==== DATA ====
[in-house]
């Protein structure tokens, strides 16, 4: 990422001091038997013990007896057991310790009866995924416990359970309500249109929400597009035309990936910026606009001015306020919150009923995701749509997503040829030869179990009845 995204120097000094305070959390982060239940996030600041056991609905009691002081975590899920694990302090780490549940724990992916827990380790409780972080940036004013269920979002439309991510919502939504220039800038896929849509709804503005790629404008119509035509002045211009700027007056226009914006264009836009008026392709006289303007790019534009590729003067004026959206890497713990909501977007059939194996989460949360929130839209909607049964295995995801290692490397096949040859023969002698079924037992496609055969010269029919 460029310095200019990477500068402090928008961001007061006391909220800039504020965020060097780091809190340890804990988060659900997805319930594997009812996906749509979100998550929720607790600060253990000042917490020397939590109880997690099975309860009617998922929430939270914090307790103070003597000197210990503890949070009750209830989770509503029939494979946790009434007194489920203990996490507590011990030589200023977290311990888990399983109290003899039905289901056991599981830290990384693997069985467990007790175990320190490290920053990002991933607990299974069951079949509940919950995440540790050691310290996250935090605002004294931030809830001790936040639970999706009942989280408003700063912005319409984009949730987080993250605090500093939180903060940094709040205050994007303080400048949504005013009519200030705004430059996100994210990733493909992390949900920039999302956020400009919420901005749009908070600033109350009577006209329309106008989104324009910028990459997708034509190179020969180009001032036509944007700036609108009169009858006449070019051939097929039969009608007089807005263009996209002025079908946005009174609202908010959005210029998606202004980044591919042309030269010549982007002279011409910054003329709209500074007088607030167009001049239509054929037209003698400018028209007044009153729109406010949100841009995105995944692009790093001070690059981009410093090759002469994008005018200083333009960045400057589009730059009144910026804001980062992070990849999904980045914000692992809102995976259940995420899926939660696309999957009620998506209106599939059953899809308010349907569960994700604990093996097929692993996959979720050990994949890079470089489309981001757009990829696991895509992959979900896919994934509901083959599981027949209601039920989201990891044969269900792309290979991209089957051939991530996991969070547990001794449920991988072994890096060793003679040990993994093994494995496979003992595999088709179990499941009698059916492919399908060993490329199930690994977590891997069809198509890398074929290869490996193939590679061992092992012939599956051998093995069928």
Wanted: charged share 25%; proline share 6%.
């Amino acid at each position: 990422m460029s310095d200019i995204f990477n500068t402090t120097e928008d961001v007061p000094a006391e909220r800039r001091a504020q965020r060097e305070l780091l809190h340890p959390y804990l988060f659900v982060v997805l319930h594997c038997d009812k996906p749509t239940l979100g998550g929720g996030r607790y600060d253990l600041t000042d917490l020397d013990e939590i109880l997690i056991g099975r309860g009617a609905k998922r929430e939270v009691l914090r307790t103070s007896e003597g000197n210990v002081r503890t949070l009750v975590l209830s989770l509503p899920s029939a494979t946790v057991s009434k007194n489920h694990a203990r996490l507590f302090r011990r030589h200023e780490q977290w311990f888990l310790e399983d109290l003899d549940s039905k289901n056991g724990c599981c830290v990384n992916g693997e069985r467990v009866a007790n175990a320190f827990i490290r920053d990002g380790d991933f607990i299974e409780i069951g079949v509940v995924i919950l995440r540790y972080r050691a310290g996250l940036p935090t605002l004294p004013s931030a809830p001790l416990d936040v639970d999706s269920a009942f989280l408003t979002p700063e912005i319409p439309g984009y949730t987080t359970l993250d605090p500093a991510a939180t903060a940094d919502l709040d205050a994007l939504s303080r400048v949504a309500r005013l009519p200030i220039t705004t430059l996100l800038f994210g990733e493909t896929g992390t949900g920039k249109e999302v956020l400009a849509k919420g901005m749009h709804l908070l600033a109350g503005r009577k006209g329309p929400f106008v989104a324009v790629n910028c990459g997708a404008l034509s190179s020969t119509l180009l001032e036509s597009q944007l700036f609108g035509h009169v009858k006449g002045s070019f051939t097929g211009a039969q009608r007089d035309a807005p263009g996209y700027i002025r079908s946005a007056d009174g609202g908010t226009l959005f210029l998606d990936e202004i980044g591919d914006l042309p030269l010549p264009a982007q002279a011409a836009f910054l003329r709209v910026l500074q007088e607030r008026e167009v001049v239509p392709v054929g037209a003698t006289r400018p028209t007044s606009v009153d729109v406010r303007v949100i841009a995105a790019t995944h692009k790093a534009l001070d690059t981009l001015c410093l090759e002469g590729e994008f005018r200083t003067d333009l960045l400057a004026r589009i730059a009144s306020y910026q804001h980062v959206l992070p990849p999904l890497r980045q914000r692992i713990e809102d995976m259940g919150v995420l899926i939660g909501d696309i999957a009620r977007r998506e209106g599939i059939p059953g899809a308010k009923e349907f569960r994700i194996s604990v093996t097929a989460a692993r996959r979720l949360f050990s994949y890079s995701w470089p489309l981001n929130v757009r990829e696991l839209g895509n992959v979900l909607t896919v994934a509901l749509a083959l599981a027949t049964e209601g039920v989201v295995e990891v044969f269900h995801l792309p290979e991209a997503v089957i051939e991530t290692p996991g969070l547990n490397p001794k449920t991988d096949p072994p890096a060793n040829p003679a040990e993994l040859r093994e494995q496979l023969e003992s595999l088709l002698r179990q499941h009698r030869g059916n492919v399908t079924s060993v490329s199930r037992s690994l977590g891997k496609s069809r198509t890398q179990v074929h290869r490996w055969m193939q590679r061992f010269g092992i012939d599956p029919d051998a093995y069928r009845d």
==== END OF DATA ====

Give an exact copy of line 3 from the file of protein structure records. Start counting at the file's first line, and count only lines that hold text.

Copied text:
Wanted: charged share 25%; proline share 6%.